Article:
On the surface (and for the first 15 minutes) UglyDolls appears to be a happy go lucky animated feature about body positivity, inclusivity and finding a place to belong. Which is nice. But if the reign of Donald Trump and the rise of Boris have taught us anything, it is that we don’t get to have nice things any more so beneath the superficial pretties a heart curdled with darkness beats.

Perky pink Moxy (Kelly Clarkson) wakes to the embrace of another cushiony soft day of sunshine, smiles and sing-songs. Uglyville is the very best place in the world to live and she’s a super lucky doll. Yet somewhere in her heart she still yearns for the day when she can fulfil her destiny to live with a real child in the Big World.

She belts out a stirring song – Today’s the Day/Couldn’t Be Better – and it inspires her to make her wish come true. Against the express wishes of the town’s mayor, Ox (Blake Shelton), Lucky Bat (Wang Leehom) guides her to the tube new arrivals spring from and Moxy, Lucky Bat and their friends – Wage (Wanda Sykes), Babo (Gabriel Iglesias) and Ugly Dog (Pitbull) – step into the unknown.

Uglyville is a patchwork place of welcome for the outcast toys who tumble down the reject tube. We, the audience, have seen their rejection from the conveyor belt of their birth during the opening credits but the Ugly Dolls remain oblivious. Mayor Ox seems determined to keep it that way. Making his decision to name the sanctuary town Uglyville somewhat odd…

Moxy and her intrepid band of misfit toys emerge into a brightly lit world of aesthetic inspiration – The Institute of Perfection – a place where toys train to be perfect for the day they are united with their child in the Big World. They are coldly received by the institute’s trainees and downright mocked by a cluster of mean girls (on Wednesdays they wear judgemental expressions on their faces). But Moxy will not be deterred from her destiny.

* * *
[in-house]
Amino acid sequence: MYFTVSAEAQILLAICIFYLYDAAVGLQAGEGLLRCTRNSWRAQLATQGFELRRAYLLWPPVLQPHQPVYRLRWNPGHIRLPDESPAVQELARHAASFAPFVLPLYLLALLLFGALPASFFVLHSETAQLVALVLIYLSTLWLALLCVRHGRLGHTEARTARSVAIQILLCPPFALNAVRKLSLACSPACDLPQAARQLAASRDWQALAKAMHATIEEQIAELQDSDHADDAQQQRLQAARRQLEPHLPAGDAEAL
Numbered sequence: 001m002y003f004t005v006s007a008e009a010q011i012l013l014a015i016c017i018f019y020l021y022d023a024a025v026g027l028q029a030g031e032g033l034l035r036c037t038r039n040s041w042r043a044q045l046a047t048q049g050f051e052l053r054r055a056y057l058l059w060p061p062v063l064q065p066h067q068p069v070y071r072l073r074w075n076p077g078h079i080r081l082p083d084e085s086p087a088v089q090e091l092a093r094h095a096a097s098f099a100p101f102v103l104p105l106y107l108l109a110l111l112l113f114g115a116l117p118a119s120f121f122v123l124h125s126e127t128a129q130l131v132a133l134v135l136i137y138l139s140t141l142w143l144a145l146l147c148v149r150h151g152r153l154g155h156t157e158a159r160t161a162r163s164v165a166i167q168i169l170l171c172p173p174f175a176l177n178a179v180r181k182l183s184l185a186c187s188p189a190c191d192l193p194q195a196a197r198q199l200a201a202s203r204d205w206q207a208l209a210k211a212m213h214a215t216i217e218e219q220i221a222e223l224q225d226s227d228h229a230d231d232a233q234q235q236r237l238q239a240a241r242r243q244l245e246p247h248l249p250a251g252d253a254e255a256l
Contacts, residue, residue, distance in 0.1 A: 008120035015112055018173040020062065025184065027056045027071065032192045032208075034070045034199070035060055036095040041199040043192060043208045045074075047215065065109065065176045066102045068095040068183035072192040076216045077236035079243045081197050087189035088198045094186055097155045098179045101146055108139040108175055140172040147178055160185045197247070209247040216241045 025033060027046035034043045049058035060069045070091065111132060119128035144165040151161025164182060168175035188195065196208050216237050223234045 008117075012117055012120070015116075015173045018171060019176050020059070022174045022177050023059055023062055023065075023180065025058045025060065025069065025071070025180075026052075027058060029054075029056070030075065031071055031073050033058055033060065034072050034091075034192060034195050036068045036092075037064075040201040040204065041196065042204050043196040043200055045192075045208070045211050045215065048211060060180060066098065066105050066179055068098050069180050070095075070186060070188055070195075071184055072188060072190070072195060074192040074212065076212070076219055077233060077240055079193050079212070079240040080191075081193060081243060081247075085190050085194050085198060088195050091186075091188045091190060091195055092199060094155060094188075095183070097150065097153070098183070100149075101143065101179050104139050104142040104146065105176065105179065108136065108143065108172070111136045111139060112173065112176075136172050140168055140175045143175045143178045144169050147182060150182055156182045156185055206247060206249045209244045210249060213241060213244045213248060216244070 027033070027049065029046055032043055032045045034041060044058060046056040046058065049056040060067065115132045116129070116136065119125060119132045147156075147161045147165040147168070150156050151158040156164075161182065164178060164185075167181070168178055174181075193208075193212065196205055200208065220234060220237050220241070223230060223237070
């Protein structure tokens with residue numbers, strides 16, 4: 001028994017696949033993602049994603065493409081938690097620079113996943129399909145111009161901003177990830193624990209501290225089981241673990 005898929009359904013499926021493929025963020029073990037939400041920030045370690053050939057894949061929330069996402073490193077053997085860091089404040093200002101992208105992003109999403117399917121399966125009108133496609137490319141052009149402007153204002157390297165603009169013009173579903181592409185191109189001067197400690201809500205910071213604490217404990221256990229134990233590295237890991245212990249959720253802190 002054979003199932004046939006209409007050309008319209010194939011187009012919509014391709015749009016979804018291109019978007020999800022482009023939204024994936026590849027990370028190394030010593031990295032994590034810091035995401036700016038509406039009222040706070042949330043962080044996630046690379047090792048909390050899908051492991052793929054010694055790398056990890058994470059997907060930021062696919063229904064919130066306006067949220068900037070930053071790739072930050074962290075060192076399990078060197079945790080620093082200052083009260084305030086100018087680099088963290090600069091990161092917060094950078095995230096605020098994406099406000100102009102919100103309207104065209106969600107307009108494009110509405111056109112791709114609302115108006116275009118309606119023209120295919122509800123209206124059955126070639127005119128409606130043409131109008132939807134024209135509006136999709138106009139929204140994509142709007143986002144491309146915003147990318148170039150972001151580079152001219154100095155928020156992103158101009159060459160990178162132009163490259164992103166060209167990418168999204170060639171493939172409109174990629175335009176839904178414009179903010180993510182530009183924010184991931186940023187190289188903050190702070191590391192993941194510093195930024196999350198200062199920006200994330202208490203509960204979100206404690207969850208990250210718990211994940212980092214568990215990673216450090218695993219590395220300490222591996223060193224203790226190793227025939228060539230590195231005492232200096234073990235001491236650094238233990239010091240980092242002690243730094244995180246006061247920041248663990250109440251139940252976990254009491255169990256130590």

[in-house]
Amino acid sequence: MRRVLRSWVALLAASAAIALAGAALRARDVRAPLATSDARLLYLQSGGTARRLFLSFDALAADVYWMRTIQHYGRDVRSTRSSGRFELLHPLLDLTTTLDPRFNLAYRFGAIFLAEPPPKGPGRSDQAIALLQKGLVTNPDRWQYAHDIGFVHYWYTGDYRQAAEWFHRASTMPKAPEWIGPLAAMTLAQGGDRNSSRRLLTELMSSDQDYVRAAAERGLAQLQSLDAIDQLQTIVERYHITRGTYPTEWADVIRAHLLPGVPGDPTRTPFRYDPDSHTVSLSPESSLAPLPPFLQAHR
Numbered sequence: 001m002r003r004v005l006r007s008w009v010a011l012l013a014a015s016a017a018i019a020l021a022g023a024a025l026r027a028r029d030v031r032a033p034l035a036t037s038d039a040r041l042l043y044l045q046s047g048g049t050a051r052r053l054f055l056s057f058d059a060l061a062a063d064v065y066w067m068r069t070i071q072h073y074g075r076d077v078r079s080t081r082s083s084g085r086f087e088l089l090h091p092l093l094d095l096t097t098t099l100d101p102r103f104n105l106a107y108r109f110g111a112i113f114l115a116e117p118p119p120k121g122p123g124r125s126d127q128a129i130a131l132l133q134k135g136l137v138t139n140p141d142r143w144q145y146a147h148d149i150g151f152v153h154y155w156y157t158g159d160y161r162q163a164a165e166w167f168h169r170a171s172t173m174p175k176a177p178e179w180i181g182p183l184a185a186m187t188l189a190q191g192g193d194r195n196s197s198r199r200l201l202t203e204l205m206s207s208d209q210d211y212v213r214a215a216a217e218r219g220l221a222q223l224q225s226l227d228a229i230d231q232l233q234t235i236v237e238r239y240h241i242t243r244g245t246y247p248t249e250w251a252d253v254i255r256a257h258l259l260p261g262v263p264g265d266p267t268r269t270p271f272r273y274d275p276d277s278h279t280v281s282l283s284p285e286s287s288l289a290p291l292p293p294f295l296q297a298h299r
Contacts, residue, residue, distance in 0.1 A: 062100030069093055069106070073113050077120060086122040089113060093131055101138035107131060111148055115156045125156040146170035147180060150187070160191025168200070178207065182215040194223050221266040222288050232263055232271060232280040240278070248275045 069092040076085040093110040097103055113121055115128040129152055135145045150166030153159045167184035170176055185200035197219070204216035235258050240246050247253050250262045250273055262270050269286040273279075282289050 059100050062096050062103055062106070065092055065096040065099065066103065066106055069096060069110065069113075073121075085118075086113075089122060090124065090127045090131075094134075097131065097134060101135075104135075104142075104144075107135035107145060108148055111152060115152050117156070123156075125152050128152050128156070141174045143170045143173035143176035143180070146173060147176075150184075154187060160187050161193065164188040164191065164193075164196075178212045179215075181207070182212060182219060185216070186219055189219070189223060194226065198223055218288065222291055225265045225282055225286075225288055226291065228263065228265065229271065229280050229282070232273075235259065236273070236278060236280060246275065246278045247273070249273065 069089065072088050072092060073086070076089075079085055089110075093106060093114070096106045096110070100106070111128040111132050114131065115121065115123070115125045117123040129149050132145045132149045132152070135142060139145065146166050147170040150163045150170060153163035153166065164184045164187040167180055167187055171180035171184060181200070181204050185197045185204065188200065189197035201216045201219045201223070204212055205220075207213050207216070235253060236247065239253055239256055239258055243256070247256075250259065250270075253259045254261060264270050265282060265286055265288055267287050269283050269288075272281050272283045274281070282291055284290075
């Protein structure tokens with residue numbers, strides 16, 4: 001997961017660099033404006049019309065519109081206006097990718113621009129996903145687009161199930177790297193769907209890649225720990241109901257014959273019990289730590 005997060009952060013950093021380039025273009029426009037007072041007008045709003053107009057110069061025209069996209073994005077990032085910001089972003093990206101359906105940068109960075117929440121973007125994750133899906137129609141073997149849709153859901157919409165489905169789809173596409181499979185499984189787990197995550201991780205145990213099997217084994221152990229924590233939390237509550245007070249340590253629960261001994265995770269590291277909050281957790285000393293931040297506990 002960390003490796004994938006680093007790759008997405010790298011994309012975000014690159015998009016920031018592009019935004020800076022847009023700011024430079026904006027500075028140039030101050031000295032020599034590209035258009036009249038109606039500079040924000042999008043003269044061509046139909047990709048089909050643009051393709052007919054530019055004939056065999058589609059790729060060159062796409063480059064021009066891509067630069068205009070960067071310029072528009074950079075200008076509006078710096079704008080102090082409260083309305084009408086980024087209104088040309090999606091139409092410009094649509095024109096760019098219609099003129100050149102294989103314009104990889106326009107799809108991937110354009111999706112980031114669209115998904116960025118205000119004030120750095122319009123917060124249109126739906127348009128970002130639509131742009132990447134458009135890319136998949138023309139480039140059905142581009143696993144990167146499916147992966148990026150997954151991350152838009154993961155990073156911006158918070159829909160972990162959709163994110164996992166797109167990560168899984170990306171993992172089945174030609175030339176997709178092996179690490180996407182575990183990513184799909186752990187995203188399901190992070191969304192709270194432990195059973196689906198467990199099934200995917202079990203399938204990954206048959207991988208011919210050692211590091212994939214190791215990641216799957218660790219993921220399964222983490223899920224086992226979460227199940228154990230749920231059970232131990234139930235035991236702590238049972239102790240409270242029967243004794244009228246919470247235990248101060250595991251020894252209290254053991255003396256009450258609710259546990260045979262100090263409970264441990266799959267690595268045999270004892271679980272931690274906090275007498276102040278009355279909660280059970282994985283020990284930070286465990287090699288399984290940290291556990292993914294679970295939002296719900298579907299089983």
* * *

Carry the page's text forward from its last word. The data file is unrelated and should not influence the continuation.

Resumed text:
Her faith in a higher power redoubles when she meets evangelical looks-preacher Lou (Nick Jonas). His welcome song – The Ugly Truth – sells a message of hope for the future that she eagerly buys in to. Even if the lyrics and sneering delivery are cutting and cruel. Moxy’s friends struggle to share her optimism. Especially after several punishing turns in the washer/dryer.

Future perfection candidate Mandy (Janelle Monáe), secretly empathises with the Ugly Dolls. She has an imperfect secret of her own. Mandy. Needs. Glasses. *gasp* After seeing her friends and surroundings more clearly, she determines to help the dolls beat Lou and to help Moxy find her happy ever after. Lou enlists his Spy Girls and some dirty tricks to oppose them and the fight to win The Gauntlet begins.

In the wake of Toy Story 4, UglyDolls could easily serve as a prequel to the Toy Story series. Its intensive indoctrination program and looping propaganda films would explain Woody’s default child-first mindset. A split-second glimpse of one of Andy’s toys would elevate UglyDolls from all filler no killer summer holiday eye fluff to actual TOY INCEPTION!!!

Andy’s toys do not appear in Ugly Dolls.

Neither do heartfelt emotion, original plot points or any onscreen rebuttal of the message that pretty is good and ‘ugly’ is bad. Somewhere along the line, someone assumed that it went without saying that we’re all beautiful inside and out, flaws and all. So they didn’t say it. In fact, Alison Peck’s screenplay relies on us drawing our own conclusions on many points. Which led us to conclude that UglyDolls is derivative and weak.

Squandering a talented vocal cast and promising soundtrack, director Kelly Asbury sleepwalks through the by-numbers narrative without delivering a single surprise. The only surprise is that Robert Rodriguez – he of the quirky creative voice, the man behind Planet Terror, Spy Kids and Machete – conceived the original story and was first signed on to direct. One can only imagine the fun he might have had seeing the project through.

Imagining the film that might have been: a good way to spend the runtime of UglyDolls.

UglyDolls opens across the UK on Friday 16th August